I recently participated in the Forests, Lakes, and Grasslands (FLAG) regional meeting of forensic anthropologists. This was a small conference with representatives from Michigan State University, University of Indianapolis, and Mercyhurst University (in Erie, PA). It’s a relatively informal meeting, with presentations for two days and other activities like a bone quiz, but lots of time built in for building relationships among colleagues.
The great thing about this meeting, is that it’s a small group. It’s regionally consolidated, since the states represented stretch only from Indiana to Pennsylvania, but also with a dense population of new scholars. Indy and Mercyhurst have Masters programs and MSU has a Masters and a PhD program. There were half a dozen faculty members present, but the remaining 40 students were all within their first five or so years of graduate school.
Presentations were varied, and for me the differences between the programs was highlighted. In 2011, each school presented its facilities and general academic program which emphasized the differences between, say, one school requiring students to understand and practice DNA testing and another cross-training in bioarchaeology. But this year, the concept of specializations and the way casework is approached was in the spotlight for me.
Many of the early Masters program students teamed up to present field cases they had worked on, with scene photos and lab procedures featured in their powerpoints. Late Masters students and others presented full research projects with hypotheses, results, and conclusions. For many students, myself included, the latter group represented a trial run for presenting one’s research at the national meetings. I submitted my patella research to the American Academy of Forensic Sciences annual meeting in August and presented it at FLAG 2012.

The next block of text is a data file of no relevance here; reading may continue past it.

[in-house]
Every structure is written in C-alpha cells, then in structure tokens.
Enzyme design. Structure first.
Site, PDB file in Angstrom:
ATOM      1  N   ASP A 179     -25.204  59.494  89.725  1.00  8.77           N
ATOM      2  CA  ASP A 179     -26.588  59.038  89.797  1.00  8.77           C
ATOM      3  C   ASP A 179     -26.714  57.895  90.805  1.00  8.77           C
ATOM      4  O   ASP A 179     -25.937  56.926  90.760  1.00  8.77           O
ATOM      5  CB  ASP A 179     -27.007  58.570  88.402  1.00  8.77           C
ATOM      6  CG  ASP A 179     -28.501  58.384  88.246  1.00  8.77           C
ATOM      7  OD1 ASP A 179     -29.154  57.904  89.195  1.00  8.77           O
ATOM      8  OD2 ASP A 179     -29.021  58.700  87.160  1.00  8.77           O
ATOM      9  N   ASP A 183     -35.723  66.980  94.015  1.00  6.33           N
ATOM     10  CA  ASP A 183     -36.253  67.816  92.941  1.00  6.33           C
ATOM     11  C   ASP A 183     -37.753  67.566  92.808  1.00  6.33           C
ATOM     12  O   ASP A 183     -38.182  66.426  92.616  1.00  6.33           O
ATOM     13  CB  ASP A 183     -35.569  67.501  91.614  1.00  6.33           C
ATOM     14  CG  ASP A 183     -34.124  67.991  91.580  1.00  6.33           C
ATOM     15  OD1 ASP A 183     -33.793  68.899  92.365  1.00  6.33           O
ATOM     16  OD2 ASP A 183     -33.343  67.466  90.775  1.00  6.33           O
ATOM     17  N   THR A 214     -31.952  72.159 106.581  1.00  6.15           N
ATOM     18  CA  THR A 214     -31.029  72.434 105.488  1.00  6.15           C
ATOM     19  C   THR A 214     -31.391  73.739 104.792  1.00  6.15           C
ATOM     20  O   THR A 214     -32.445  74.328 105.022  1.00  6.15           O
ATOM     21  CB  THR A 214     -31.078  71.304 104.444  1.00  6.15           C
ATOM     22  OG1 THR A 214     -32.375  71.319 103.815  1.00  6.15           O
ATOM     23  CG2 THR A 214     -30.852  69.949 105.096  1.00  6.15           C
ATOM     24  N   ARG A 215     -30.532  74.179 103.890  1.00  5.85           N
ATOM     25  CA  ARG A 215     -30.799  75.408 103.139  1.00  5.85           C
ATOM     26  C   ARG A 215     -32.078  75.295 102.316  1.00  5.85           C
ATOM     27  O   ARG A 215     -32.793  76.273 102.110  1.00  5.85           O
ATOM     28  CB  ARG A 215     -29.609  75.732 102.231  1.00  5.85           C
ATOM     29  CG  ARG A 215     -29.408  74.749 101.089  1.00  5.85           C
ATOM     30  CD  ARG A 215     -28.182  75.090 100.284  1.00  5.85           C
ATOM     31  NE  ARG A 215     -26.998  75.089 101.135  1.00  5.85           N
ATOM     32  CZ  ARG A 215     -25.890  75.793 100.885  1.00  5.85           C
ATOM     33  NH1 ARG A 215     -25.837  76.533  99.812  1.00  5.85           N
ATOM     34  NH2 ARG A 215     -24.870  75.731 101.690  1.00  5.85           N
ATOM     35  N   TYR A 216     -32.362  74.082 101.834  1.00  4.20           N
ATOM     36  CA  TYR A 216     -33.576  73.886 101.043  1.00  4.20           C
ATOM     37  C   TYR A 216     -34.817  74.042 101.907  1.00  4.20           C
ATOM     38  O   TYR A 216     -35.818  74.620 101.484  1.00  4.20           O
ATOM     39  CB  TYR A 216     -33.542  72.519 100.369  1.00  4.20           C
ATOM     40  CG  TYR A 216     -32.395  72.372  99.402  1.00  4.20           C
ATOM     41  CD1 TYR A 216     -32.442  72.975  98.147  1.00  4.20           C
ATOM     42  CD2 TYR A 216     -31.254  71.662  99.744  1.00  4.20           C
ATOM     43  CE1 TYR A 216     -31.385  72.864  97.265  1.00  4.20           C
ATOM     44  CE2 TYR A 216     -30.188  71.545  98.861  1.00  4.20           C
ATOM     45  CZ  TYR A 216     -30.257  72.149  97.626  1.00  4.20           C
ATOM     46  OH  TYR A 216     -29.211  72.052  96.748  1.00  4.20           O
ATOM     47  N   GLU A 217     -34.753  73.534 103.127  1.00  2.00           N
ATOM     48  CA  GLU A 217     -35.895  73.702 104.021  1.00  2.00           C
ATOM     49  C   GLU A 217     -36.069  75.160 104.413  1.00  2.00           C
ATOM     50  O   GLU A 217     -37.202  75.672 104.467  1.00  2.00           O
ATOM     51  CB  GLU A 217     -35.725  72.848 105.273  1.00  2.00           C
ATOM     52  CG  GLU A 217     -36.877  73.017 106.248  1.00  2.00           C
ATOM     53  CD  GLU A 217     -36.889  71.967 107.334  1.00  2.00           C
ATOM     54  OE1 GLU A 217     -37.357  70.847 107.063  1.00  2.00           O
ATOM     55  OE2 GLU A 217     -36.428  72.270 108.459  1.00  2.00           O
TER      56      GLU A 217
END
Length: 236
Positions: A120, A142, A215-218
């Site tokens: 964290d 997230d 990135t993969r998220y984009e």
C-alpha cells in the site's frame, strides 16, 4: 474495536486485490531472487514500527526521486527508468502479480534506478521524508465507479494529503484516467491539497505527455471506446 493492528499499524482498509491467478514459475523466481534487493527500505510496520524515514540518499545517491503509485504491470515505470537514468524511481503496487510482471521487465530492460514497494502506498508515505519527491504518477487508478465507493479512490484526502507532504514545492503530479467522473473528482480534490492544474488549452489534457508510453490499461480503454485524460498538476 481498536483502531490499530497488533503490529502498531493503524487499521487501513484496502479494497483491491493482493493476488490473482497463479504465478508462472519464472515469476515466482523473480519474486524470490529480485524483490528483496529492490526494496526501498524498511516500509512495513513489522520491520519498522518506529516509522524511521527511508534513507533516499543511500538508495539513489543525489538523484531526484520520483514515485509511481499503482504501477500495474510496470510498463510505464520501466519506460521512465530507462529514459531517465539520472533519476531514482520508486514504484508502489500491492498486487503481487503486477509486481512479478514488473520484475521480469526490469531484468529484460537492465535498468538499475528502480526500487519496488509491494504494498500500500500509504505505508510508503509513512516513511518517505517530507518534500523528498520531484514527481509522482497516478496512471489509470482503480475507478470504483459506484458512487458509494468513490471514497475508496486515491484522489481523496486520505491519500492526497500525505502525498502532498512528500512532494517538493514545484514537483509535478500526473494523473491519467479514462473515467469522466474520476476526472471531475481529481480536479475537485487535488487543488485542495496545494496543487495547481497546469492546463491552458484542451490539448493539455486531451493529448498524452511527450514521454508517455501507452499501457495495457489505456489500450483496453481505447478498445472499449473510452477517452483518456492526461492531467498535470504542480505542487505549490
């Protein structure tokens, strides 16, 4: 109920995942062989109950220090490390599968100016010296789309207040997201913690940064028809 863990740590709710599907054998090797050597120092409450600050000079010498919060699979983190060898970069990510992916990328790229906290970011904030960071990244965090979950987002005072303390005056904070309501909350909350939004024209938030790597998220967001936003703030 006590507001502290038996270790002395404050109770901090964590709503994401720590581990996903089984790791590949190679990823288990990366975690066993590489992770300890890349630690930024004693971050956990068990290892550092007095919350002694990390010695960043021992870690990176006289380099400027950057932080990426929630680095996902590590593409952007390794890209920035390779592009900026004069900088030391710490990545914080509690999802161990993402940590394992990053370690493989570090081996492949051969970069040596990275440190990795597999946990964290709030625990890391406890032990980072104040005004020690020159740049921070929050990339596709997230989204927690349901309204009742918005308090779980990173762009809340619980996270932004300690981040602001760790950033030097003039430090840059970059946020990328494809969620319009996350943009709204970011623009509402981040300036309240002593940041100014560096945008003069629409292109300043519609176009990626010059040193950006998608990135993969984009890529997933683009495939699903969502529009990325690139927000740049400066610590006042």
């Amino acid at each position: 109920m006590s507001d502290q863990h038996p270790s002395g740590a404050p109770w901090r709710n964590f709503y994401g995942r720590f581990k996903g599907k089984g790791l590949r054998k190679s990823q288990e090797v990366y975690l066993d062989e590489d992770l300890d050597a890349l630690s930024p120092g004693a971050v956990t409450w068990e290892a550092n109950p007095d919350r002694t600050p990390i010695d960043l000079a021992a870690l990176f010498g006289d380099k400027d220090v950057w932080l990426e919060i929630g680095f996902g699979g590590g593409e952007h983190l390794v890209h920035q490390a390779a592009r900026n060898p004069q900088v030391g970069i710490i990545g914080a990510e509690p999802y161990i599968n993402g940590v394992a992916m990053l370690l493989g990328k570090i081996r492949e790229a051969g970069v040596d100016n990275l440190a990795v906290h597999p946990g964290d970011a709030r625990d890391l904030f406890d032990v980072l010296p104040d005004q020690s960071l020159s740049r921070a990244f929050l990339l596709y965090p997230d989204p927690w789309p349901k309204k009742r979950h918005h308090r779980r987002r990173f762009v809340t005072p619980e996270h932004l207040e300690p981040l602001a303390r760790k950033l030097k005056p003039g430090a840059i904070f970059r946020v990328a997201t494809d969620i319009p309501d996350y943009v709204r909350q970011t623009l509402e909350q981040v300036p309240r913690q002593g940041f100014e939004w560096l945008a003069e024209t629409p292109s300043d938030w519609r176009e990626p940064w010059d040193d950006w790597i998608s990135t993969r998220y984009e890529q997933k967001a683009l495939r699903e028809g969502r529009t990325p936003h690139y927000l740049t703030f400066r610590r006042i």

What I found, in interacting with faculty from other universities, was that our bread-and-butter activity, namely positive human identification, is not practiced at the other schools. My research, predicated on the notion that many aspects of this work need to be quantified and studied, was seen as unnecessary. It was very surprising. But, as my first project to be presented at a conference (and hopefully my first publication submission), of course it couldn’t all go smoothly. The lesson is that a small sample doesn’t represent the field. The fact that there’s a body of literature, mainly in JFS (the Journal of Forensic Sciences) indicates that this is a valid locus of study. Nevertheless, as a junior scholar, it was a bit jarring.
Overall, the FLAG 2012 meetings were a huge success. There were dozens of interesting presentations and great socializing. I talked to some of the Masters students about whether our PhD program would be the right place for them. (If you are lucky enough to have a choice, my general advice in picking a program is that whatever decision you make, it will be the right one.) We kept it light, shared a campfire each night, and walked away knowing some of the people we’ll spend the next 40 years working alongside. I am extremely grateful to Dr. Fenton and Dr. Latham for putting this meeting together. Their early academic experiences were partly shaped by a small regional meeting like this, and I’m sure that we, too, will look back on this period fondly.